What you read is important, but not all important. How you read is the main...– Timeless wisdom from 75+ years ago: How to acquire knowledge. (via explore-blog)
Media people who feel smug because they have a Twitter handle, an about.me page,...– Hamish McKenzie, PandoDaily, So Columbia Journalism School’s new dean doesn’t Tweet. So what? FJP: We’d argue that Twitter and this overall social media thing takes more than 40 seconds to learn but Hamish’s argument against Michael Wolff’s criticism of the Columbia J-School — and its appointment...
books written for girls
theboyhimself: it’s international women’s day. so to celebrate, here are my top ten favourite feminist books. 1. stiffed by susan faludi. it’s such a beautifully written book. shipyards, baseball, john wayne, rambo, the promise keepers, waco. this is in my top ten favourite books of all time. when we were writing the first album i took more ideas for lyrics from this book than anywhere else....
Common Writing Mistakes →
amandaonwriting: Benjamin Dreyer is the VP Executive Managing Editor & Copy Chief of Random House Publishing Group. Below is his list of the common stumbling blocks for authors, from A to X. One buys antiques in an antiques store from an antiques dealer; an antique store is a very old store. He stayed awhile; he stayed for a while. Besides is other than; beside is next to. The singular...
I want everything we do to be beautiful. I don’t give a damn whether the client...– Saul Bass
Michelle Obama's speech
The New York Times: But the main attraction of the evening was the appearance of Mr. Obama’s lead character witness: the first lady, who, wearing a pink-and-gold-speckled sleeveless dress, was greeted with chants of “Four more years!” from the excited arena, to which she responded: “With your help.” (third para. by Jim Rutenberg)
The Atlantic: Those who are fans of the first lady will doubtless spend the next few days dissecting her patterned silk Tracy Reese frock, or her very high pink heels, or how she made them feel. But the first lady is no Barbie doll. What she is is a Harvard Law School-educated attorney playing dress up in America's most old-fashioned White House position. (second to fourth para. by Garance Franke-Ruta)
The New Yorker: Clad in a very pretty pink and silver dress designed by Tracy Reese, which showed off her well-toned arms, she appeared on the bright blue stage to a two-minute standing ovation. (sixth para. by John Cassidy)
Esquire: I sat with the Ohio delegation as she spoke, and I watched from close up as she went from one thing — a woman of glamor and poise, in a dress the color of sherbet and matching heels — to quite another, in the course of a single speech. (eighth para. by Tom Junod) | And when at last she returned to where she started — when she said that her "most important title is still Mom-in-Chief" — even her glamor was gone, for the glitter that everyone saw was no longer the sheen of her dress or the sparkle of her earrings, but rather the tears in her eyes. (penultimate para.)
6 questions journalists should be able to answer...
What piques your curiosity about the story?
What’s new about the story, and why do you want to tell it now?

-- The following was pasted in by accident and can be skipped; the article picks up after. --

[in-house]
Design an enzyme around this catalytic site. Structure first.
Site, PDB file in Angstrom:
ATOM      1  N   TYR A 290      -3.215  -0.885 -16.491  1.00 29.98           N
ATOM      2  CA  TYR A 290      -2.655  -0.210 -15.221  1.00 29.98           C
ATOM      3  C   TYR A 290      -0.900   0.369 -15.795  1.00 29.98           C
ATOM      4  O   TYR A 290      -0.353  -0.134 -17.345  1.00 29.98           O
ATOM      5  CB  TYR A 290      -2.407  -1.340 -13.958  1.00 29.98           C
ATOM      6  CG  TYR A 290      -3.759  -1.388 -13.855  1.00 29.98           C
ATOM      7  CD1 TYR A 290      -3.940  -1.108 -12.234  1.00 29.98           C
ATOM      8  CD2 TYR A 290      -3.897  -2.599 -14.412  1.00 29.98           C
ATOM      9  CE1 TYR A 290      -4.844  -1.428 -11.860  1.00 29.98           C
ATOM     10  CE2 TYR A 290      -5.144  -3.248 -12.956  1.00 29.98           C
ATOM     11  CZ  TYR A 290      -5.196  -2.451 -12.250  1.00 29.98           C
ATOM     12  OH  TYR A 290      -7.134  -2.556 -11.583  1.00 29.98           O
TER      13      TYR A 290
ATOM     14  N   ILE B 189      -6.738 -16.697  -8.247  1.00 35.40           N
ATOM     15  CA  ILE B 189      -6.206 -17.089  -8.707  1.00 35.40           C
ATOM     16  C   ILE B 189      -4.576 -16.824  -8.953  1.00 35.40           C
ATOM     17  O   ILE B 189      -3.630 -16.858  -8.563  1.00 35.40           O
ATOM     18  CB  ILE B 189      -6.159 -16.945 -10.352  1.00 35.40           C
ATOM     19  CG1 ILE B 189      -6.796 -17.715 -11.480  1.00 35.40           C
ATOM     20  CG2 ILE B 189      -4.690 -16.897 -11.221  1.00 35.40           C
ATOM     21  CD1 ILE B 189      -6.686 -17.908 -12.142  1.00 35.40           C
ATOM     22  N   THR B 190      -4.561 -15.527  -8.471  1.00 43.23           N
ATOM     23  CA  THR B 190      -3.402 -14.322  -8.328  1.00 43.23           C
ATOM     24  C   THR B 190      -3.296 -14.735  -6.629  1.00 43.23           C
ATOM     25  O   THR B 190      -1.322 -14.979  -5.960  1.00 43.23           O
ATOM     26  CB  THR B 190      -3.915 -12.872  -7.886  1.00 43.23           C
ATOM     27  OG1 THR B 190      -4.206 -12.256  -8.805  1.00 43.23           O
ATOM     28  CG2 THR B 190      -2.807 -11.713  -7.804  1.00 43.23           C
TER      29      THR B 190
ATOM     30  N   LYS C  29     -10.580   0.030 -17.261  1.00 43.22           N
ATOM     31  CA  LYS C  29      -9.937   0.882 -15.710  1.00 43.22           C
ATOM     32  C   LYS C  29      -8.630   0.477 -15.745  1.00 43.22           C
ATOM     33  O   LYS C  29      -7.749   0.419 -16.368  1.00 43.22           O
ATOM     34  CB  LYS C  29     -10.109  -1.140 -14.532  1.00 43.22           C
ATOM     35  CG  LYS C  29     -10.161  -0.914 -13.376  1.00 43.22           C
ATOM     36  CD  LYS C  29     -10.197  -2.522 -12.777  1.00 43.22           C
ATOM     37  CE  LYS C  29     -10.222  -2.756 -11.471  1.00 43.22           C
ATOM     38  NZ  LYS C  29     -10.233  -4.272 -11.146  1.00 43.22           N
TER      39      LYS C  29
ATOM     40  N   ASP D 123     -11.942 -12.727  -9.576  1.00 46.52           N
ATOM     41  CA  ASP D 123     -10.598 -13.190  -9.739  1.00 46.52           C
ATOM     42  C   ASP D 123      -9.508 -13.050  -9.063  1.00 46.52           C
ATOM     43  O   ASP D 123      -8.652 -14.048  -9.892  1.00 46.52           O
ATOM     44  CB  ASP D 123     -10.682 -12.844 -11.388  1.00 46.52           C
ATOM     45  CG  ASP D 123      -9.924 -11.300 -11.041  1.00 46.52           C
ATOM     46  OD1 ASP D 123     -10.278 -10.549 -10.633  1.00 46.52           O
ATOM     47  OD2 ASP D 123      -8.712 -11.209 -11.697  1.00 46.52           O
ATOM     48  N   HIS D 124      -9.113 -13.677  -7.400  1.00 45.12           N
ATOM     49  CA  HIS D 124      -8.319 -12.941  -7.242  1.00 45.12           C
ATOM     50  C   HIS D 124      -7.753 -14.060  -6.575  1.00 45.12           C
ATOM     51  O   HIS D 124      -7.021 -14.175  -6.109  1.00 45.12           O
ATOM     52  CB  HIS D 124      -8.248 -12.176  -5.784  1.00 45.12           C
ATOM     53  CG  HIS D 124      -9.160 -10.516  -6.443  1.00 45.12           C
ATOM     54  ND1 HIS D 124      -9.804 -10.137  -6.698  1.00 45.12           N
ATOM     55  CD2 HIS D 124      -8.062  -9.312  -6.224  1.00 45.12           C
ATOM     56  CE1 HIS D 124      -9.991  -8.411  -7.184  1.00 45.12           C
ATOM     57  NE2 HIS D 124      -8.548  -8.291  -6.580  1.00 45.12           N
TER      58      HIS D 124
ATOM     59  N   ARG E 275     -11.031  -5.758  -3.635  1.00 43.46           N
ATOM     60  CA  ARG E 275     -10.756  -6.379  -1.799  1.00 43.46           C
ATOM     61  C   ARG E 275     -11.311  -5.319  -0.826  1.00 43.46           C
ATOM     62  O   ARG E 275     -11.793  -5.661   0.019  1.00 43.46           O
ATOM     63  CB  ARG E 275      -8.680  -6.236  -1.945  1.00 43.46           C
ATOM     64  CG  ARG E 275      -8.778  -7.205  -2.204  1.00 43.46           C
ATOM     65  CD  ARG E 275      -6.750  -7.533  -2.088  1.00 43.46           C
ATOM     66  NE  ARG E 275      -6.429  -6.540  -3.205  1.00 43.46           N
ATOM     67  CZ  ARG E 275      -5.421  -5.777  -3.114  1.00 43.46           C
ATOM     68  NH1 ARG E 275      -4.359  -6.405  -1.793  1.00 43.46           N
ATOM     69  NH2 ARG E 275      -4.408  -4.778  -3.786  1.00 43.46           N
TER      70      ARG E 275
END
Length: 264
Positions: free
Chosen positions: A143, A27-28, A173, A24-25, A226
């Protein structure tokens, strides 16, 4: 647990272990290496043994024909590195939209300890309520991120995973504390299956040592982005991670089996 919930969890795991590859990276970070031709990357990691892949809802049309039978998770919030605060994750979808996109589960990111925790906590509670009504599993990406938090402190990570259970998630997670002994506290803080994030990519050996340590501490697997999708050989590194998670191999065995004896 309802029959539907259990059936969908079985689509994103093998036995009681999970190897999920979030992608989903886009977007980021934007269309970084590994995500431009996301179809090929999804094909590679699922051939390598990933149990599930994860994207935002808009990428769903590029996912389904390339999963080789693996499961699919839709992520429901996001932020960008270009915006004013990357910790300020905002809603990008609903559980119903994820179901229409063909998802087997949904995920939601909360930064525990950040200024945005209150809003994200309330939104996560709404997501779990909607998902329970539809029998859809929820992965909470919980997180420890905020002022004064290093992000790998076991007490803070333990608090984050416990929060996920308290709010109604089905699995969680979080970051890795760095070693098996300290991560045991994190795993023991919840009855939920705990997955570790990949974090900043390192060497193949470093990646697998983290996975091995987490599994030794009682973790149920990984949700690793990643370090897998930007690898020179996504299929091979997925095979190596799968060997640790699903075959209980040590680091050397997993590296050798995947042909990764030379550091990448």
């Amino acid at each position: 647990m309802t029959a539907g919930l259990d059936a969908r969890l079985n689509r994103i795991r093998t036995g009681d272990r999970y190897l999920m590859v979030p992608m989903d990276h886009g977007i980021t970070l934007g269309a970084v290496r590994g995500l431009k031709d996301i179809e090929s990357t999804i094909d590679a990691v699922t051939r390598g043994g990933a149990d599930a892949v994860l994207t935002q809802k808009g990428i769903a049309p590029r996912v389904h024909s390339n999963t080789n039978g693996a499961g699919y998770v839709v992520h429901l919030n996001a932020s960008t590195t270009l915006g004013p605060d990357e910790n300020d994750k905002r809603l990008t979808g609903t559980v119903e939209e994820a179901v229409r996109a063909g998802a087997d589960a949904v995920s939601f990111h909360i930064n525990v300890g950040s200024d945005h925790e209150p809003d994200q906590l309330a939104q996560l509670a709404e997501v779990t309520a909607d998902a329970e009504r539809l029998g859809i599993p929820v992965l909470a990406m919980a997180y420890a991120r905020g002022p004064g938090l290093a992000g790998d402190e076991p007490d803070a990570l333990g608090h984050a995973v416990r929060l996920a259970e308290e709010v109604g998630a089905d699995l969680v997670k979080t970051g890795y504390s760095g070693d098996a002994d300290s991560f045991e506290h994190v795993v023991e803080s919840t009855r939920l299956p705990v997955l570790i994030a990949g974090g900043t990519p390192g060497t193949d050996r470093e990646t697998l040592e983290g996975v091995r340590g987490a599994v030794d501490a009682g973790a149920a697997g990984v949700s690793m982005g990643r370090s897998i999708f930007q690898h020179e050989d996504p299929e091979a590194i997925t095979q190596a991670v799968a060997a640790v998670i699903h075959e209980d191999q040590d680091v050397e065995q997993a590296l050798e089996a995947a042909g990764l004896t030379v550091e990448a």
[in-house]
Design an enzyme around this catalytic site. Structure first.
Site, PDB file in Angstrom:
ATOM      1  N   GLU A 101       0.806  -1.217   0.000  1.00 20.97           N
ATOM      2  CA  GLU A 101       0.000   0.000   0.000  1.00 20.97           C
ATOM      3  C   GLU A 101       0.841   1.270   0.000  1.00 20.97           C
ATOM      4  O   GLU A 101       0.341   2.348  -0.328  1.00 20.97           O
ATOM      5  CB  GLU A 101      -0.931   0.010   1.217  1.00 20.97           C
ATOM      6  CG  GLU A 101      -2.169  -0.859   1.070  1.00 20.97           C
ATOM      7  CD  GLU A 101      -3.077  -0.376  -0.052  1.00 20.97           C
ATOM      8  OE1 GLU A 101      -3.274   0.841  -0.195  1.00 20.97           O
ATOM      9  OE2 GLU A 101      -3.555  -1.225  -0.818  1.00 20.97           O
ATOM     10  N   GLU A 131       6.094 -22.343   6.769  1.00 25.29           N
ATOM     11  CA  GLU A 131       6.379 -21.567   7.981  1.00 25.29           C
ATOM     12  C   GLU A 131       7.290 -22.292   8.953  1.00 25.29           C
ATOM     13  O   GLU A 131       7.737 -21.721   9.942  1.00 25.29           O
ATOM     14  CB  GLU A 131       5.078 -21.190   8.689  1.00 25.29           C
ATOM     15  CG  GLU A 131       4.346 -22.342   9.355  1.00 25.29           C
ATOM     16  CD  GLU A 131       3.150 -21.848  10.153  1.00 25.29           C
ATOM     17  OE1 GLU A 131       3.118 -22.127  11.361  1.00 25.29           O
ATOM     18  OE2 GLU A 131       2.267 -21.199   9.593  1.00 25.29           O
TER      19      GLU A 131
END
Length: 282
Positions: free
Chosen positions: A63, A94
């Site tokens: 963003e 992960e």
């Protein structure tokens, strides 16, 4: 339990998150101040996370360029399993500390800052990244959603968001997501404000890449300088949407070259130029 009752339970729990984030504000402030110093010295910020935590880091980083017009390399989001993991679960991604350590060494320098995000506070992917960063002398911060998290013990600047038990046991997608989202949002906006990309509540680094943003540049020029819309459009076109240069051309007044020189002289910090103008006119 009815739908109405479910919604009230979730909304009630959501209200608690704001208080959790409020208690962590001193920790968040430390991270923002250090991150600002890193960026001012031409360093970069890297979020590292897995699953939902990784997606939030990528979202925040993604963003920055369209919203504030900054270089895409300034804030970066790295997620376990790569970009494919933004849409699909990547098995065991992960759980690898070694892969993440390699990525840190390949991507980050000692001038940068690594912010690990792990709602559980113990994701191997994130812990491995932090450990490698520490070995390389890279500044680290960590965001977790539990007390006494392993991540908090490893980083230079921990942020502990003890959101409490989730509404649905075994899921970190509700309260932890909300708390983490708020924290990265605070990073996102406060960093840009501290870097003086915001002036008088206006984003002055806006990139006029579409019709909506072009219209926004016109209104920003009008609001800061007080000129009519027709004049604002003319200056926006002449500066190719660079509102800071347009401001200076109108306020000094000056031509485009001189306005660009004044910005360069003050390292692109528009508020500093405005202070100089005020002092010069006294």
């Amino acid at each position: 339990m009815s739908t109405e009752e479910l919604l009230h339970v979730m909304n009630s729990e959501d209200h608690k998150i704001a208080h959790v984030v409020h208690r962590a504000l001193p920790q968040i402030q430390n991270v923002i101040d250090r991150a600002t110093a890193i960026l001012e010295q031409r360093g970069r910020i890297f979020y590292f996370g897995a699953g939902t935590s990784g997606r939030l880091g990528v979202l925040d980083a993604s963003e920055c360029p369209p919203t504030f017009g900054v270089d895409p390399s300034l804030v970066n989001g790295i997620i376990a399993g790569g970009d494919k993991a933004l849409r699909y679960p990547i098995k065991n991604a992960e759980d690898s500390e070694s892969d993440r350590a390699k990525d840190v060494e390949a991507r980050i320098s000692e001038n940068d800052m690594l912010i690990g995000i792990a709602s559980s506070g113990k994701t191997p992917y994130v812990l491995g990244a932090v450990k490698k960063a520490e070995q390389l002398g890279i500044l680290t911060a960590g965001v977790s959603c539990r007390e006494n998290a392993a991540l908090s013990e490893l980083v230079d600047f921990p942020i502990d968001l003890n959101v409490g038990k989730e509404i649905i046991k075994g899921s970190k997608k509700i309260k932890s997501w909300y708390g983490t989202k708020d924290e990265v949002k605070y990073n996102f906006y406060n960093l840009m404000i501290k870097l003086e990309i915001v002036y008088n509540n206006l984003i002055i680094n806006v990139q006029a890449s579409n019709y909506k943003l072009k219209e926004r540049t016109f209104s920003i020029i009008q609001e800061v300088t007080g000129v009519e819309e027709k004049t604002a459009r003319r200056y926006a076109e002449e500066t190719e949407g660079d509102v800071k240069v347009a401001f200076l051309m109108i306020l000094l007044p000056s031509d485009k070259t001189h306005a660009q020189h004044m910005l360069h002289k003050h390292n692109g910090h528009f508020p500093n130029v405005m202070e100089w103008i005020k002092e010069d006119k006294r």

Why will the reader or viewer care about the story?
How can we tell this story digitally? (or visually)
What questions will you need to ask to get this story, and what sources will you need to consult?
How much time will you need to produce the story, and how much space/time do you think the story deserves?
If you don’t want to propagate more mass murders, don’t start the story with...– How to Cover a Mass Murder (via modernprimate) I meant to reblog this to my personal account, but I’ll let it remain here. Thoughts are with Aurora. (via ilovecharts)
In Praise of Print
FJP: The Guardian reports on both the success of print magazines, and the symbiotic relationship print and digital delivery can have for a brand. Here are some ideas from the article (http://bit.ly/Ke0hGj).
Marcus Webb: We want to make something which is treasured, which ends its days making the bookshelf, coffee table or toilet just that little bit prettier and more civilized.
Joerg Koch: You don't need print for news any more. But for long, visual-driven stories, it can offer a business model and an immersive focused quality that digital cannot offer yet.
Dave Eggars: To survive, the newspaper, and the physical book, needs to set itself apart from the web. Physical forms of the written word need to offer a clear and different experience. And if they do, we believe, they will survive.
Munro Smith: Computers and video games haven't killed physical toys and games, so there's no reason why the digital world should kill print. Lack of innovation or providing a poor product is far more likely to do that. The amazing range of technological opportunities that can be used to support and interact with print are definitely a bonus, not a threat.
We decided to credit editors because they live and breath the stories they work...– Hugo Lindgren, Editor, New York Times Magazine. Reddit. I’m Hugo Lindgren, editor of the New York Times magazine. Hugo Lindgren spent time on Reddit’s IAmA board yesterday to answer questions about his career, magazines and journalism. Here, he’s talking about giving editors byline credits in the...
I’m content to regard the Internet as the best and brightest machine ever made...– Lapham’s Quarterly editor Lewis Lapham on machine-made news. Also see 7 notable books on the future of information and the internet. (via explore-blog)
On Loneliness & Technology
FJP: We've been reading different takes on digital social networks and how/if they impact solitude, loneliness, and offline socializing. Here is a mash-up of the conversations we've been following.